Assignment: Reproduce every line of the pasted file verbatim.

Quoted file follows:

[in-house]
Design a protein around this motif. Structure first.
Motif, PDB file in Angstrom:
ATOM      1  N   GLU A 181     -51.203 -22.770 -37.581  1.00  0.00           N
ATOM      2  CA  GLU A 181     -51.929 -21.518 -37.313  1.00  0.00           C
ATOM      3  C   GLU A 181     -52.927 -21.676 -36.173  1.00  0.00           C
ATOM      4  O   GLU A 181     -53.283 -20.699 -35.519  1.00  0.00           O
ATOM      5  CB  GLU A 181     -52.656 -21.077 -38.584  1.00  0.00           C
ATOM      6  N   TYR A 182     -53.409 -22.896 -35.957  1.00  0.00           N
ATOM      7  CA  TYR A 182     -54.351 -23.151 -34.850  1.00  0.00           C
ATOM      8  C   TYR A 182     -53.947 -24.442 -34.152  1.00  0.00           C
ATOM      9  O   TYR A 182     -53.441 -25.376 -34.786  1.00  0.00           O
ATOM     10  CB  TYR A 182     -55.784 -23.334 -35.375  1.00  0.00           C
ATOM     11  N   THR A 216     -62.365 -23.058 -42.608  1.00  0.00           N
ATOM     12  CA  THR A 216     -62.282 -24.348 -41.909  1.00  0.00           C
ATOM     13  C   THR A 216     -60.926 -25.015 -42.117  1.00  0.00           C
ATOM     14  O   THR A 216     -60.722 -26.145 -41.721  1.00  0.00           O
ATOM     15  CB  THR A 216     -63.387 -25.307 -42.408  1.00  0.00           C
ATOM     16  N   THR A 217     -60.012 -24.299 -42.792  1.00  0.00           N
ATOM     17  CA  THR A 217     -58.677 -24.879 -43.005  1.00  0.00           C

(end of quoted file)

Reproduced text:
[in-house]
Design a protein around this motif. Structure first.
Motif, PDB file in Angstrom:
ATOM      1  N   GLU A 181     -51.203 -22.770 -37.581  1.00  0.00           N
ATOM      2  CA  GLU A 181     -51.929 -21.518 -37.313  1.00  0.00           C
ATOM      3  C   GLU A 181     -52.927 -21.676 -36.173  1.00  0.00           C
ATOM      4  O   GLU A 181     -53.283 -20.699 -35.519  1.00  0.00           O
ATOM      5  CB  GLU A 181     -52.656 -21.077 -38.584  1.00  0.00           C
ATOM      6  N   TYR A 182     -53.409 -22.896 -35.957  1.00  0.00           N
ATOM      7  CA  TYR A 182     -54.351 -23.151 -34.850  1.00  0.00           C
ATOM      8  C   TYR A 182     -53.947 -24.442 -34.152  1.00  0.00           C
ATOM      9  O   TYR A 182     -53.441 -25.376 -34.786  1.00  0.00           O
ATOM     10  CB  TYR A 182     -55.784 -23.334 -35.375  1.00  0.00           C
ATOM     11  N   THR A 216     -62.365 -23.058 -42.608  1.00  0.00           N
ATOM     12  CA  THR A 216     -62.282 -24.348 -41.909  1.00  0.00           C
ATOM     13  C   THR A 216     -60.926 -25.015 -42.117  1.00  0.00           C
ATOM     14  O   THR A 216     -60.722 -26.145 -41.721  1.00  0.00           O
ATOM     15  CB  THR A 216     -63.387 -25.307 -42.408  1.00  0.00           C
ATOM     16  N   THR A 217     -60.012 -24.299 -42.792  1.00  0.00           N
ATOM     17  CA  THR A 217     -58.677 -24.879 -43.005  1.00  0.00           C